Yesterday I heard a really interesting illustration about the differences in the way that cultures invest in a relationship.
The speaker works with a number of different cultures and has observed differences in the way they handle relationships. He works with a number of East Africans and they value sharing space. So even if you are busy, they may just come and sit in your office for 20-30 minutes, you might not really say all that much but you’ve shared space and that is important for them in building the relationship. He also works with Turks and other Middle Easterners and they value conversation. They will come and want to have a cup of tea and talk. You don’t necessarily need to “do” anything just spend time talking together. He also works with Westerners, Europeans and Americans, and when they come to see him it is always with an agenda. They want to do something, and have something to show for the time together.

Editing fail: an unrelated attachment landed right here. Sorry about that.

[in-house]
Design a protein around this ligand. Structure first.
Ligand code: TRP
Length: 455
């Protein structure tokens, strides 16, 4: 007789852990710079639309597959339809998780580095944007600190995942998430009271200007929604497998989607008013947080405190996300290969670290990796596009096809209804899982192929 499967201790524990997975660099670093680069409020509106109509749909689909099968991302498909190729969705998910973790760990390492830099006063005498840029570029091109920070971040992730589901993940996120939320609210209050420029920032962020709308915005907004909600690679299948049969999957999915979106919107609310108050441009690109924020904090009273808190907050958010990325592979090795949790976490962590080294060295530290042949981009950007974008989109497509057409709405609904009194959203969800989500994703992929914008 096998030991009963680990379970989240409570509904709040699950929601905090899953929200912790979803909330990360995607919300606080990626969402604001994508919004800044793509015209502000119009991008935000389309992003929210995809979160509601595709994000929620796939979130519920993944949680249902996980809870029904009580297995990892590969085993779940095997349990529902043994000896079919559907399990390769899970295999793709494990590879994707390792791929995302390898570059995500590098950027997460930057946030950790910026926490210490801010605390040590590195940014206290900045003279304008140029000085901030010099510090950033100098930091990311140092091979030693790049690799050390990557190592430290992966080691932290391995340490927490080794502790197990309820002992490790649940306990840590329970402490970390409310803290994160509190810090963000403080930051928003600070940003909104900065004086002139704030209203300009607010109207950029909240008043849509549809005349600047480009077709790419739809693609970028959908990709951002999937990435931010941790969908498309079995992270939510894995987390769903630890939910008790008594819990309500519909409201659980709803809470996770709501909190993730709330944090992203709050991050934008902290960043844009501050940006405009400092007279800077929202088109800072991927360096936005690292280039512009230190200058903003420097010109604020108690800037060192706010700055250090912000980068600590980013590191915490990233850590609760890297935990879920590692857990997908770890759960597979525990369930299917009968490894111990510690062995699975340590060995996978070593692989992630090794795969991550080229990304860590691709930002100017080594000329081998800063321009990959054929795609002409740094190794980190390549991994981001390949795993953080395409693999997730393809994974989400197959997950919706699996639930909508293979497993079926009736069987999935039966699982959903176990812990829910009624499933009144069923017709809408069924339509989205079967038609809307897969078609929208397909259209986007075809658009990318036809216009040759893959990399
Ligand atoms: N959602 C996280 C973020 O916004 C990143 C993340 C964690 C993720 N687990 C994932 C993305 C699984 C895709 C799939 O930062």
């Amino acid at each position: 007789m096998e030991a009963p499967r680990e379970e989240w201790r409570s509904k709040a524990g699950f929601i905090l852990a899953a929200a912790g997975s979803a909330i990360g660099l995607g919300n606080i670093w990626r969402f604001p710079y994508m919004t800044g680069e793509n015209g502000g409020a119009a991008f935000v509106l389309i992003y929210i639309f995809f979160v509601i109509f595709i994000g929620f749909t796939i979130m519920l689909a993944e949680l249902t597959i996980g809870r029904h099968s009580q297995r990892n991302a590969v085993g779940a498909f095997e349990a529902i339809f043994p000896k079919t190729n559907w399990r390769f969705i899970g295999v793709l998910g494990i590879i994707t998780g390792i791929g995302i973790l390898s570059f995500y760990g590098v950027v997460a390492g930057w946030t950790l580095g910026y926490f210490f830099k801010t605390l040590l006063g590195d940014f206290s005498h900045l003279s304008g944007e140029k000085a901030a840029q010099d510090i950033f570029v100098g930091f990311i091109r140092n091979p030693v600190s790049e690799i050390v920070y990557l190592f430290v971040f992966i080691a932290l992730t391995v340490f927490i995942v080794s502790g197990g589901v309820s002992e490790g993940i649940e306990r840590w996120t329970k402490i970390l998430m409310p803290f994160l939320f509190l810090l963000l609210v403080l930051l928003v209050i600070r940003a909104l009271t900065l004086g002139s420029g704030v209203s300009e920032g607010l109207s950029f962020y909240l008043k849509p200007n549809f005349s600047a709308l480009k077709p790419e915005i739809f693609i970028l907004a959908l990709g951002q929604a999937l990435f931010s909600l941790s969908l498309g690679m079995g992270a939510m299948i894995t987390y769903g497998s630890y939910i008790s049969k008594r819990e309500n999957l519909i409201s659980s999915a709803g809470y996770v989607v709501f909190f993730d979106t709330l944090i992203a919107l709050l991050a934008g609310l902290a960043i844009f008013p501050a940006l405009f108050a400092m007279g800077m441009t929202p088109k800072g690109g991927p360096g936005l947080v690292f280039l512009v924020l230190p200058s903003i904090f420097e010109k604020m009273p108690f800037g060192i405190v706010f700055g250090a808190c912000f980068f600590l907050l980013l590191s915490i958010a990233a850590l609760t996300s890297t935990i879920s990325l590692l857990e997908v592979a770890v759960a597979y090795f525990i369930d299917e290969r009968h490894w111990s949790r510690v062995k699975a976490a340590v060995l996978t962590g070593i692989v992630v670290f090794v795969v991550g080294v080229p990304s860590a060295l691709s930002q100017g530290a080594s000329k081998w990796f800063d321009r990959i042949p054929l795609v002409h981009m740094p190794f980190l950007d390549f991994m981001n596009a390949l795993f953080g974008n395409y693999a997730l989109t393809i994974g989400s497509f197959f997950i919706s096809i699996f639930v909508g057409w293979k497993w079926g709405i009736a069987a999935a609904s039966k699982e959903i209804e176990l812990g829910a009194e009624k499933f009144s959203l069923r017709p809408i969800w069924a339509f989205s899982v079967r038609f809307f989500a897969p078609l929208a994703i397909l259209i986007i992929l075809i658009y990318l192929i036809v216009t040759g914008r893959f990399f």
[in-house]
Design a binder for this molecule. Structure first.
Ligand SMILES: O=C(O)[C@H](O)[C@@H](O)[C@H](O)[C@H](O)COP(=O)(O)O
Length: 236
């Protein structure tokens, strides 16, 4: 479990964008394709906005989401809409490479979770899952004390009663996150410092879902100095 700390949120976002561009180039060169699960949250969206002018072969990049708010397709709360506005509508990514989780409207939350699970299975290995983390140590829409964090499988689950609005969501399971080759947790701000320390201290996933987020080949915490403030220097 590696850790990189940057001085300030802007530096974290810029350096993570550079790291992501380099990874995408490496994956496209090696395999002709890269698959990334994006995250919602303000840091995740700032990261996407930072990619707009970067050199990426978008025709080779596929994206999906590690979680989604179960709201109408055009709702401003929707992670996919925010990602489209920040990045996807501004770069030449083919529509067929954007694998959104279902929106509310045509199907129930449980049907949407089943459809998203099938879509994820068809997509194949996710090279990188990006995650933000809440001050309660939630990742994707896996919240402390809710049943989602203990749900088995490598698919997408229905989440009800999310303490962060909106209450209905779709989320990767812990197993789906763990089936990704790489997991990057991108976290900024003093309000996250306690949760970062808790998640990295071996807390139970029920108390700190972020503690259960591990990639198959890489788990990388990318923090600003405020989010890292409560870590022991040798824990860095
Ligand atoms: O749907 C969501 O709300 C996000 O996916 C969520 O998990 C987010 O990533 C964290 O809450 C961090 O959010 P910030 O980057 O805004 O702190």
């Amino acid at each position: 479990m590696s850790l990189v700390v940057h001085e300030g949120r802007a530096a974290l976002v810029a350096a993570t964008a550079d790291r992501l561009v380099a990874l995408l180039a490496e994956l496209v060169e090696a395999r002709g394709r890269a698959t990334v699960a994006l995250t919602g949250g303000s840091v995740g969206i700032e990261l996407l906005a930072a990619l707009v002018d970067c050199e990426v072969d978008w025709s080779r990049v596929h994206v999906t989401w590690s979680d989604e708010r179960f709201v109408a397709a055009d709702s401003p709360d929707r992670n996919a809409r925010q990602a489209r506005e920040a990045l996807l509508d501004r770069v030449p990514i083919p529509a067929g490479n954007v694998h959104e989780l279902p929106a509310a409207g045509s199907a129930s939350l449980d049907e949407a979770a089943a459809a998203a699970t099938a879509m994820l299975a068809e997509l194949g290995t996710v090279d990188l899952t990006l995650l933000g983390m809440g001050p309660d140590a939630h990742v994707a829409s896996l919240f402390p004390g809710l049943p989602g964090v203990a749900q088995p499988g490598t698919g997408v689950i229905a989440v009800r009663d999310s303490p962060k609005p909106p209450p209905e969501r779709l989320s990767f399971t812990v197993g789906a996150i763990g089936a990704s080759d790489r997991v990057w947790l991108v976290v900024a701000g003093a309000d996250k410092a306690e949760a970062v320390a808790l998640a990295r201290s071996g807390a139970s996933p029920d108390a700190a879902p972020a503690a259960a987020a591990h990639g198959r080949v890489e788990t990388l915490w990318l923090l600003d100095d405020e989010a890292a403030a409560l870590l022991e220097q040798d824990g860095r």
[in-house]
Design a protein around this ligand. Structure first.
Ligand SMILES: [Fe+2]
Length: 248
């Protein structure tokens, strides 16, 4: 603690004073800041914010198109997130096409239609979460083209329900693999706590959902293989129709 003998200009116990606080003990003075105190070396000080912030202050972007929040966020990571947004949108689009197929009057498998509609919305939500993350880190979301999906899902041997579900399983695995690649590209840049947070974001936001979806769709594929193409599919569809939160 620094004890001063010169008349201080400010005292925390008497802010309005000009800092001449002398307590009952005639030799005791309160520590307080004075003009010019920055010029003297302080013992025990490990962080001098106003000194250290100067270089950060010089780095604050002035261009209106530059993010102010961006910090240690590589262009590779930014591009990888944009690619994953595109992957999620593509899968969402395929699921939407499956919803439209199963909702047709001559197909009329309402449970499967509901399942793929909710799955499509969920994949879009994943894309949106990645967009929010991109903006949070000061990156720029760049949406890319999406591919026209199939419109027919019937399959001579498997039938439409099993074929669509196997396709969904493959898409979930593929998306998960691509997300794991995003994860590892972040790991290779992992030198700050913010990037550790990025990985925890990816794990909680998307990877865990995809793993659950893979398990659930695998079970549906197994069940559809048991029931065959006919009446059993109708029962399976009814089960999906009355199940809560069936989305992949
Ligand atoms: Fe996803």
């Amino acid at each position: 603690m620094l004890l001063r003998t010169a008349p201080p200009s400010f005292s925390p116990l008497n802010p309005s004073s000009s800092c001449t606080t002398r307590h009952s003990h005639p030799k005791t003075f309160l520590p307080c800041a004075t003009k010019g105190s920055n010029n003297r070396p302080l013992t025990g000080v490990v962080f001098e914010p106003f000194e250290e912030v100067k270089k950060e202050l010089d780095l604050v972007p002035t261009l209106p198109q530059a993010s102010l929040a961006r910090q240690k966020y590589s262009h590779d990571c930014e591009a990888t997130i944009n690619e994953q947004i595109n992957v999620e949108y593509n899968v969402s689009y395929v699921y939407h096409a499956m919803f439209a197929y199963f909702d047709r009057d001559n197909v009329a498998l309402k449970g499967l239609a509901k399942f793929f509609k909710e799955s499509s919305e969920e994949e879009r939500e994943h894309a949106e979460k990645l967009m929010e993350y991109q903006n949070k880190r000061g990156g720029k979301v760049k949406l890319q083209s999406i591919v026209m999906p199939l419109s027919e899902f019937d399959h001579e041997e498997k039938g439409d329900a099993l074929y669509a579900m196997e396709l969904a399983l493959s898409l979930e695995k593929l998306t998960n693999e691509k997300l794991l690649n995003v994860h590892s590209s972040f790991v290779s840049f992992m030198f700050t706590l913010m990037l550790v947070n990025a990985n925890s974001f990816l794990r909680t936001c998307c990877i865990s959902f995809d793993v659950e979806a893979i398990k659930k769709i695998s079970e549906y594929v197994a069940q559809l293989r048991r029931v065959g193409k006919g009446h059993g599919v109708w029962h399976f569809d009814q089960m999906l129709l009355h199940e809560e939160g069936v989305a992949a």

When I took time to stop and think about it – I fully resonate with this. I feel awkward just going and sitting with someone and not doing something together. It does not seem meaningful to me and I find myself wanting to find someway to occupy myself and so pull out a gadget or find some other way to fill the time. Even just talking – if it doesn’t have a purpose – loses its enjoyment before too long. I want to deal with the issue or decide something and then move on.
This is not to say that the Western view is completely wrong. There is certainly great value in efficiency and minimizing “wasted time” in certain contexts. Yet, there are also other contexts where the ability to be still and just do nothing is of great value both for personal and relational growth.